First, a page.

NASHVILLE - A new analysis warns that 161,650 low-income, adult Tennesseans risk disappearing into a health "coverage gap" when the federal Affordable Care Act largely takes effect on Jan. 1.
The Kaiser Family Foundation's report says two factors are at play: Tennessee has yet to agree to expand its Medicaid program under Obamacare, which the law originally mandated for states but now makes voluntary under a U.S. Supreme Court ruling.
Meanwhile, these poorer men and women don't qualify for financial assistance to buy private health insurance in the new online marketplaces known as exchanges.
Tennessee is one of 26 states, many of them with Republican governors, who have refused to go along with the Medicaid expansion, at least for now.
Republican Gov. Bill Haslam said he is still hoping to get the Obama administration to go along with his proposed "Tennessee Plan" on the expansion. It calls for the state to buy Medicaid-eligible Tennesseans' way onto insurance exchanges.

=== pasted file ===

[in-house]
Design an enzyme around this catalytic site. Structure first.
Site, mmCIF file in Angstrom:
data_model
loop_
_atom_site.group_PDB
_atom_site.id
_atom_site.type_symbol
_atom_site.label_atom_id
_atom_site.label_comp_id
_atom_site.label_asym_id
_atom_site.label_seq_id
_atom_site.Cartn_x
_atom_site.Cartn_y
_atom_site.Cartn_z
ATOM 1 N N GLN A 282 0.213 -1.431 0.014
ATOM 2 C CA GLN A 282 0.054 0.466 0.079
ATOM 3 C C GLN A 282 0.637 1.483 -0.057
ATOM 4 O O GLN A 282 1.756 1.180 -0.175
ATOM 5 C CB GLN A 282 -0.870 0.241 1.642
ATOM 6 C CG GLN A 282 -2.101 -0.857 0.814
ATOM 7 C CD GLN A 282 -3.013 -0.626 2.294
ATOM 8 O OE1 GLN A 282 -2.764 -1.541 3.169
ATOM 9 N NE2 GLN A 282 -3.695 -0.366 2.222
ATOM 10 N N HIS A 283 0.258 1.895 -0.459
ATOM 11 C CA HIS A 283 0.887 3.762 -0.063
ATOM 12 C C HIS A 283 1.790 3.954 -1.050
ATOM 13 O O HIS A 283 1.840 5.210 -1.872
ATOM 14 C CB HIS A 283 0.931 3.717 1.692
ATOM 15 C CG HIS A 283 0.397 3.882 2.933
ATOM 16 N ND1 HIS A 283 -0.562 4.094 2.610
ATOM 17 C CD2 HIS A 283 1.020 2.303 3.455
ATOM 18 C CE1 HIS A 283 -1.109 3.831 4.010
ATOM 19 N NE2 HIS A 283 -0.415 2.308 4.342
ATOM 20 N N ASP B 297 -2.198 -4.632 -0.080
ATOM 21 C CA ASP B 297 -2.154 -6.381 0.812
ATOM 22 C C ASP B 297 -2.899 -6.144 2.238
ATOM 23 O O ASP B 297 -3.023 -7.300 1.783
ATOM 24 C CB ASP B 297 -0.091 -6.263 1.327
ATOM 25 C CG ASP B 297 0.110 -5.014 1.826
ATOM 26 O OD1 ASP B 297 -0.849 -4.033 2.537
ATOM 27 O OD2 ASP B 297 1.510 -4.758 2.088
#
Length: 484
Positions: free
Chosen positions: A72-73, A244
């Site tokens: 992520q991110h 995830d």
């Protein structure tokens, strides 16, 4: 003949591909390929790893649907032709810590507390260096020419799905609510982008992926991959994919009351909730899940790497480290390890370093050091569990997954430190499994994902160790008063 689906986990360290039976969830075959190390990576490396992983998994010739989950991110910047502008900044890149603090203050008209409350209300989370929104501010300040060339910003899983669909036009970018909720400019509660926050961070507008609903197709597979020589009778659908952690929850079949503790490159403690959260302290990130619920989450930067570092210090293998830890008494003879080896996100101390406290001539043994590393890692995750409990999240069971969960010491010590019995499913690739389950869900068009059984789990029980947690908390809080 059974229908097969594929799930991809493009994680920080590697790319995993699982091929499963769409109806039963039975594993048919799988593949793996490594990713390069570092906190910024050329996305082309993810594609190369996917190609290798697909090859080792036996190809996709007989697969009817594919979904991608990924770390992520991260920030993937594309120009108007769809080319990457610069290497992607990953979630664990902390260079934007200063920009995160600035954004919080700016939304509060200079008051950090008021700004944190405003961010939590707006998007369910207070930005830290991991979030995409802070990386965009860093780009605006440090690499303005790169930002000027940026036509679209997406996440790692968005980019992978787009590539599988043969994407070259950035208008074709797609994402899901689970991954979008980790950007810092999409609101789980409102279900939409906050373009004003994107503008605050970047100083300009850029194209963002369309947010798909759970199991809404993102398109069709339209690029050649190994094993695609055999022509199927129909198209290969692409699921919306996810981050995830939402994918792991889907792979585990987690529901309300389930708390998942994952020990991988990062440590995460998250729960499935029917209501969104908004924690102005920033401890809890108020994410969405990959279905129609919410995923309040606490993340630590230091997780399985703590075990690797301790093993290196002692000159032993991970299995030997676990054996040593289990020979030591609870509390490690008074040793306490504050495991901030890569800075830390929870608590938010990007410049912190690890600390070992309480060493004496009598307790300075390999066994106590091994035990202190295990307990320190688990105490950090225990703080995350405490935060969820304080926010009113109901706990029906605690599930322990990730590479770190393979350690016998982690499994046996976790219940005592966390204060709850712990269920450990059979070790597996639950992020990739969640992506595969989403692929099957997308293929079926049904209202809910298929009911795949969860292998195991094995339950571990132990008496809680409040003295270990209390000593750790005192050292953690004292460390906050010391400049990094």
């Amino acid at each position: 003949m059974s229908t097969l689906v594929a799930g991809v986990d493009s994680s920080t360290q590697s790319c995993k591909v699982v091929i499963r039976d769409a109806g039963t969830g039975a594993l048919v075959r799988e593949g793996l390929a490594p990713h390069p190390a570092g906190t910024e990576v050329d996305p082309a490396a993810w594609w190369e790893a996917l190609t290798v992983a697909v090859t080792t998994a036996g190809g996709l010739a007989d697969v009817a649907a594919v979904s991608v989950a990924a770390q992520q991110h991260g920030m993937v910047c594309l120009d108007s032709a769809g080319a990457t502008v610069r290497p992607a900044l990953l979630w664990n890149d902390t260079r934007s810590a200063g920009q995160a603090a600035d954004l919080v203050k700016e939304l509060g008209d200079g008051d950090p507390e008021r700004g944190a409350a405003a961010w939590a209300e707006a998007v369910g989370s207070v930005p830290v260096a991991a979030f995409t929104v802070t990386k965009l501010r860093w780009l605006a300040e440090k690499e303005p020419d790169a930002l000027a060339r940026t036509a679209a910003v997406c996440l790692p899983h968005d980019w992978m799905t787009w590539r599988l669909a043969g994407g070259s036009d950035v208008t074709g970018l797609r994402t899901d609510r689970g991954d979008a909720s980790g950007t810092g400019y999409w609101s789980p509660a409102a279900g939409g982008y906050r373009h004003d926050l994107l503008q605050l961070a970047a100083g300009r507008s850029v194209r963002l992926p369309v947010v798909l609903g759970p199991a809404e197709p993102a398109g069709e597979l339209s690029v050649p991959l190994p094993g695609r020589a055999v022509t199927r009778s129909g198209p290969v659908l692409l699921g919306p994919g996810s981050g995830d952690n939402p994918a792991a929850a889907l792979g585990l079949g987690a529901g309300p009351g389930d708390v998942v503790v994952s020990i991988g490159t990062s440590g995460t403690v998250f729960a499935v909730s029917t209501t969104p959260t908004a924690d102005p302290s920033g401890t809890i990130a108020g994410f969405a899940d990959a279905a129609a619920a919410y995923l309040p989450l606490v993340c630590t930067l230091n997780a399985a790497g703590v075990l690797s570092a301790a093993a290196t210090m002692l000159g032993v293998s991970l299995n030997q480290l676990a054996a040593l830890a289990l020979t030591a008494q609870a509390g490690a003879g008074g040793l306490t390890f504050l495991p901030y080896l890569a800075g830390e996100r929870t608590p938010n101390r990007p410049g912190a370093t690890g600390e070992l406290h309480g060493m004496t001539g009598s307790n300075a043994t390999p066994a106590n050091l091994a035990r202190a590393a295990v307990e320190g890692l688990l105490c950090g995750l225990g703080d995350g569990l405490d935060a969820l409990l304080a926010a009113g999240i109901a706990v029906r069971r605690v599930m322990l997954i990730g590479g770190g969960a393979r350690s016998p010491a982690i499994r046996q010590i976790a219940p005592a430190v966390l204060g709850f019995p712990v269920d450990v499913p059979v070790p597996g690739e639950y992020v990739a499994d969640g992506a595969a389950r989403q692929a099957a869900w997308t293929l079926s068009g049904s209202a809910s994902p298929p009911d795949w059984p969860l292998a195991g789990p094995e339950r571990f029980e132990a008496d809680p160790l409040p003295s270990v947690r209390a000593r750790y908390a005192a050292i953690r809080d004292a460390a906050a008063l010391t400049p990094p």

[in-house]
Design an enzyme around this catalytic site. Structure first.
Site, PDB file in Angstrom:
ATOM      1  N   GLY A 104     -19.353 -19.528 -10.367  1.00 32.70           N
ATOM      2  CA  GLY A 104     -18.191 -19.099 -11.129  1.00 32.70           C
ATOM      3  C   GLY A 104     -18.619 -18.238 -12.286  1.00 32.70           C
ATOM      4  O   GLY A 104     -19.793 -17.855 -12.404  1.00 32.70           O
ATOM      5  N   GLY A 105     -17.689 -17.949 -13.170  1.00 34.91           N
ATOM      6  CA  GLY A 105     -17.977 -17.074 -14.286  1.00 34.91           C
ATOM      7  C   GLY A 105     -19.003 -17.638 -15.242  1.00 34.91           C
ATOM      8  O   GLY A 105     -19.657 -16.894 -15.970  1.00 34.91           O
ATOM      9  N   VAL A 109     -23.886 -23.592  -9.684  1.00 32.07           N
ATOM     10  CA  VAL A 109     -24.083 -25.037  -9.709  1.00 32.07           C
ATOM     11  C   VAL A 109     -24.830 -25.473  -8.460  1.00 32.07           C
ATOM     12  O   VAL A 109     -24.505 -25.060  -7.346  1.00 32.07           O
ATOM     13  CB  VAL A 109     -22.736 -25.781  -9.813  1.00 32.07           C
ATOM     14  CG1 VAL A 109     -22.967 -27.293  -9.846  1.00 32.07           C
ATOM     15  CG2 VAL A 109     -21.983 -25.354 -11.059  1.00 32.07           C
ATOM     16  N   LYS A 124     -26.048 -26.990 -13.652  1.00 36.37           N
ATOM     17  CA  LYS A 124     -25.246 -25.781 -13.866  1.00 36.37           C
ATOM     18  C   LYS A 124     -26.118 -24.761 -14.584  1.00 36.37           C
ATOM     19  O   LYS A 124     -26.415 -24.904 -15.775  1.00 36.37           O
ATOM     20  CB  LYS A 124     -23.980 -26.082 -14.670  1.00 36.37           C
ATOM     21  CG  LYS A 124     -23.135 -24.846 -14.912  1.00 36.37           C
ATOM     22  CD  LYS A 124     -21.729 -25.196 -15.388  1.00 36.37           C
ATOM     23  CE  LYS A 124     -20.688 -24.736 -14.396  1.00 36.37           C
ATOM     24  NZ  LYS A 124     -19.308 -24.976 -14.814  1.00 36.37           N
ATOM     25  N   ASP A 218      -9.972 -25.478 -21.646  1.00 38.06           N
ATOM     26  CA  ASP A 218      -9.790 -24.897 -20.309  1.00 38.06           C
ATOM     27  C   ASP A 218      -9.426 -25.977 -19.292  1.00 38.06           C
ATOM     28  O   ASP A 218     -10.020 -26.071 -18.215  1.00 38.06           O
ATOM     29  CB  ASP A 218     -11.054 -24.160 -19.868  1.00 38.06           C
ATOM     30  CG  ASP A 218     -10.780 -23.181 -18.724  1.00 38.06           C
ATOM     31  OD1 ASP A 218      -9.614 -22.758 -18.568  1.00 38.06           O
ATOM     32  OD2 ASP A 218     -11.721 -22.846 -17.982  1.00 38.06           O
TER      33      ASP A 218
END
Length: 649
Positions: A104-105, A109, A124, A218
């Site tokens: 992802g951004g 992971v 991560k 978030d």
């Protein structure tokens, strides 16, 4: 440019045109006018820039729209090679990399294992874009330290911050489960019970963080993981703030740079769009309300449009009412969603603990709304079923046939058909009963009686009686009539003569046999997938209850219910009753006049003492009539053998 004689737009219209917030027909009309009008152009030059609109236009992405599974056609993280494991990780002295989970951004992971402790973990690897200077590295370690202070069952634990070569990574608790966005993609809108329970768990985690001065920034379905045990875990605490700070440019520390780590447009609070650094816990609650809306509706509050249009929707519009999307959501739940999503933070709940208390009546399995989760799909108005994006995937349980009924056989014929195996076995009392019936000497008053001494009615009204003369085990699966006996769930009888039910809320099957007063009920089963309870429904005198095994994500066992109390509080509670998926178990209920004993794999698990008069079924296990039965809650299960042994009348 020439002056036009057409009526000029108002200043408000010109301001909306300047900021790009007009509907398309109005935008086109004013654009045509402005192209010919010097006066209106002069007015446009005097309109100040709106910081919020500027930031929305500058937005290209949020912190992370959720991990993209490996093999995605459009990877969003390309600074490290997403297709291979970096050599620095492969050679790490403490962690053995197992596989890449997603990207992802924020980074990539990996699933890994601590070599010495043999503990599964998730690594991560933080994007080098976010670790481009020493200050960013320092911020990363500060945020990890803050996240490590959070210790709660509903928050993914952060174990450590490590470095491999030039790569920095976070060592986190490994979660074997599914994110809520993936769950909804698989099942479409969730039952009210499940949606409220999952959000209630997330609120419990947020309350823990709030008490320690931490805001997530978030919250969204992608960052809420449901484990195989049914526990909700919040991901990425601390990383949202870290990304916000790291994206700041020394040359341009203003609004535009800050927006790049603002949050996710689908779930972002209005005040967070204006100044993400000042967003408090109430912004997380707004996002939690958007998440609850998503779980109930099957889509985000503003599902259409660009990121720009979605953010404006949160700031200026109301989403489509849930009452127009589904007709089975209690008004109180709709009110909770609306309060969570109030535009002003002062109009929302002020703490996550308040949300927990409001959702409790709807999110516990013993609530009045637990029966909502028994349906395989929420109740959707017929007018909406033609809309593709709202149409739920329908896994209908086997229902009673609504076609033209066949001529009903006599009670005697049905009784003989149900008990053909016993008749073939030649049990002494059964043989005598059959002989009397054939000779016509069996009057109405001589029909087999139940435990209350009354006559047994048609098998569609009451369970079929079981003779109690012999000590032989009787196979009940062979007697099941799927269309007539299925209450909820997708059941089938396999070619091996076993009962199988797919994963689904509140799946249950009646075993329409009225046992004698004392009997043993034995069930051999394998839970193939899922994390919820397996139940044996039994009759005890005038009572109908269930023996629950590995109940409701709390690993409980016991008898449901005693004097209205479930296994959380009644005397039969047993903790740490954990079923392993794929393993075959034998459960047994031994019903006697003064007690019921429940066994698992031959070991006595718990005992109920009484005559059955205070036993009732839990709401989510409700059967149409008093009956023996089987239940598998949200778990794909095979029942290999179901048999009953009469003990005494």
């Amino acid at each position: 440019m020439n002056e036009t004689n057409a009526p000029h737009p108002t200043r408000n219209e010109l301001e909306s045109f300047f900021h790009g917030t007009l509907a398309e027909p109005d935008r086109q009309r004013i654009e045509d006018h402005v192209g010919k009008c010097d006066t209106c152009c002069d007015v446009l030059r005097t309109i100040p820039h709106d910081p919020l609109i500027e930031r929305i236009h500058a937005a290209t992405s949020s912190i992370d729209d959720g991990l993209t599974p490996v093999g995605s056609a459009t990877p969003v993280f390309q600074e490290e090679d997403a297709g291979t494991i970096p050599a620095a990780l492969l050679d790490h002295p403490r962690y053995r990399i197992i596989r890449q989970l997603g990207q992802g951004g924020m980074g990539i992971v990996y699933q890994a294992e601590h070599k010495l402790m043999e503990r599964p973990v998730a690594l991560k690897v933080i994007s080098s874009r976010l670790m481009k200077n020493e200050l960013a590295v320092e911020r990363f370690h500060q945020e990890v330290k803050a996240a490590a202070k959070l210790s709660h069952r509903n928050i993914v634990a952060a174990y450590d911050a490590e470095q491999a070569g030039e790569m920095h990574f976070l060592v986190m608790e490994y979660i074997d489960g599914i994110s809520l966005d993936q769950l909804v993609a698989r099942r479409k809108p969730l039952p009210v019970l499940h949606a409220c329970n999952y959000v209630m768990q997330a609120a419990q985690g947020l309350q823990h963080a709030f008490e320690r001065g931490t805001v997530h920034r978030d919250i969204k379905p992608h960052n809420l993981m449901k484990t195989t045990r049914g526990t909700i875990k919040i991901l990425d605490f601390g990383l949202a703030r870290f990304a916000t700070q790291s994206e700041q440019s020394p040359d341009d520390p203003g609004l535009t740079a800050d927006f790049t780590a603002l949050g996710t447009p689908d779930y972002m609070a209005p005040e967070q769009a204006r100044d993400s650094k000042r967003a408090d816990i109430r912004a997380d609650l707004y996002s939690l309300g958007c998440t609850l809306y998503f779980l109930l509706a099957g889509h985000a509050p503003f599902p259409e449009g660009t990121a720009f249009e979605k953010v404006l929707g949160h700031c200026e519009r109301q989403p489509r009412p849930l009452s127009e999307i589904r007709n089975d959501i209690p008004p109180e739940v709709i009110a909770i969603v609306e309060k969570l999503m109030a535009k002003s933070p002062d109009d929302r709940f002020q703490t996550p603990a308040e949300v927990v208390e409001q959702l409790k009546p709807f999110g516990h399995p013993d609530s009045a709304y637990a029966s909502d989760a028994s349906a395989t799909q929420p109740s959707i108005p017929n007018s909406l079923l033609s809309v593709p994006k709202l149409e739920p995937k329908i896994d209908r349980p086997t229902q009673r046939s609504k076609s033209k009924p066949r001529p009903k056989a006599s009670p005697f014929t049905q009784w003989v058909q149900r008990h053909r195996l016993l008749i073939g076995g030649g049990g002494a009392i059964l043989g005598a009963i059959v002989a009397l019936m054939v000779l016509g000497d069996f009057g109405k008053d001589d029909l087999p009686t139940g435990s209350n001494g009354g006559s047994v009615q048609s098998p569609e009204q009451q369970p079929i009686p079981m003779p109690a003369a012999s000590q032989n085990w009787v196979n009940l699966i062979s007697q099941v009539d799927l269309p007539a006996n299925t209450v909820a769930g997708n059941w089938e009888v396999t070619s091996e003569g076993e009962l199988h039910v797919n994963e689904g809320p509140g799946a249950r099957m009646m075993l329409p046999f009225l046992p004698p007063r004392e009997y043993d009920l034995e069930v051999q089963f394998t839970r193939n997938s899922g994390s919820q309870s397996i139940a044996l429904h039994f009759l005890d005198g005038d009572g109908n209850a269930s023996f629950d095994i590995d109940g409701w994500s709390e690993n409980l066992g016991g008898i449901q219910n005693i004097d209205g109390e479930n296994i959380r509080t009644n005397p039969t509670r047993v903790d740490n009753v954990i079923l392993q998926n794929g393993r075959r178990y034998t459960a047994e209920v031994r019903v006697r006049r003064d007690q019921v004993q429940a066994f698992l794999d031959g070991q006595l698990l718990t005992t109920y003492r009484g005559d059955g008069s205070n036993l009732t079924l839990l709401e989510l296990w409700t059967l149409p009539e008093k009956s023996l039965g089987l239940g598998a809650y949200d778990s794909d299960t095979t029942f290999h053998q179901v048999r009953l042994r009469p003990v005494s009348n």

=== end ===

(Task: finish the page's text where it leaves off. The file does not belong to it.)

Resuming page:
But Haslam also wants to exclude them from traditional Medicaid rules and require higher copays, which federal officials have balked at doing.
Earlier this week, Haslam told reporters while discussions on his expansion proposal are continuing there's been "nothing new" in terms of progress.
Further discussions with the administration has "obviously been a little bit inhibited" by the ongoing federal government shutdown as well as the rocky roll out of the exchanges, Haslam said.
Moreover, the governor revealed, federal officials are also questioning the state over its plan to get health providers to cut their costs for care.
"I wouldn't declare it dead at all," Haslam said.